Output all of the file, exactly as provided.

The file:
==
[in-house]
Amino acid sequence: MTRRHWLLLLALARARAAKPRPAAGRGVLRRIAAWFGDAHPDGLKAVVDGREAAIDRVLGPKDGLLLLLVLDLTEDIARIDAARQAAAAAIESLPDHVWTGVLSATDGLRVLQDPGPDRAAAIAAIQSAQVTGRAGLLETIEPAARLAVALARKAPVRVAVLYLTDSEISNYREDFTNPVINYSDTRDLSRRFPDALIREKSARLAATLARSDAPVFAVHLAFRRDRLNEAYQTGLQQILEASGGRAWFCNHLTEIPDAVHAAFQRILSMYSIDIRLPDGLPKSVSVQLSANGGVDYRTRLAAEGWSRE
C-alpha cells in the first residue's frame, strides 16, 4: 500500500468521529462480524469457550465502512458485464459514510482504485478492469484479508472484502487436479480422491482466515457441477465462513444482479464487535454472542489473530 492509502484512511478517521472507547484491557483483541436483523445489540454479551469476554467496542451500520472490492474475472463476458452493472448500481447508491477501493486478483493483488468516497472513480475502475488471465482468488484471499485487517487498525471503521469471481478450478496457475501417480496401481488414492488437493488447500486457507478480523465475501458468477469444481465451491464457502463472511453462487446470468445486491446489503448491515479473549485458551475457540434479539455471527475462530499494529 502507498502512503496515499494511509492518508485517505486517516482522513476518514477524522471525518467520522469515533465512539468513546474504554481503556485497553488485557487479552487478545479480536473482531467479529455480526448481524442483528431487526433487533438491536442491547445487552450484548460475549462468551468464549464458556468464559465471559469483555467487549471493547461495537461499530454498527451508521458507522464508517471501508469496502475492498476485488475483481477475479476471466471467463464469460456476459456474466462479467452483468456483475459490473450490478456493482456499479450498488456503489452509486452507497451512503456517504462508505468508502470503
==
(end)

[in-house]
Amino acid sequence: MTRRHWLLLLALARARAAKPRPAAGRGVLRRIAAWFGDAHPDGLKAVVDGREAAIDRVLGPKDGLLLLLVLDLTEDIARIDAARQAAAAAIESLPDHVWTGVLSATDGLRVLQDPGPDRAAAIAAIQSAQVTGRAGLLETIEPAARLAVALARKAPVRVAVLYLTDSEISNYREDFTNPVINYSDTRDLSRRFPDALIREKSARLAATLARSDAPVFAVHLAFRRDRLNEAYQTGLQQILEASGGRAWFCNHLTEIPDAVHAAFQRILSMYSIDIRLPDGLPKSVSVQLSANGGVDYRTRLAAEGWSRE
C-alpha cells in the first residue's frame, strides 16, 4: 500500500468521529462480524469457550465502512458485464459514510482504485478492469484479508472484502487436479480422491482466515457441477465462513444482479464487535454472542489473530 492509502484512511478517521472507547484491557483483541436483523445489540454479551469476554467496542451500520472490492474475472463476458452493472448500481447508491477501493486478483493483488468516497472513480475502475488471465482468488484471499485487517487498525471503521469471481478450478496457475501417480496401481488414492488437493488447500486457507478480523465475501458468477469444481465451491464457502463472511453462487446470468445486491446489503448491515479473549485458551475457540434479539455471527475462530499494529 502507498502512503496515499494511509492518508485517505486517516482522513476518514477524522471525518467520522469515533465512539468513546474504554481503556485497553488485557487479552487478545479480536473482531467479529455480526448481524442483528431487526433487533438491536442491547445487552450484548460475549462468551468464549464458556468464559465471559469483555467487549471493547461495537461499530454498527451508521458507522464508517471501508469496502475492498476485488475483481477475479476471466471467463464469460456476459456474466462479467452483468456483475459490473450490478456493482456499479450498488456503489452509486452507497451512503456517504462508505468508502470503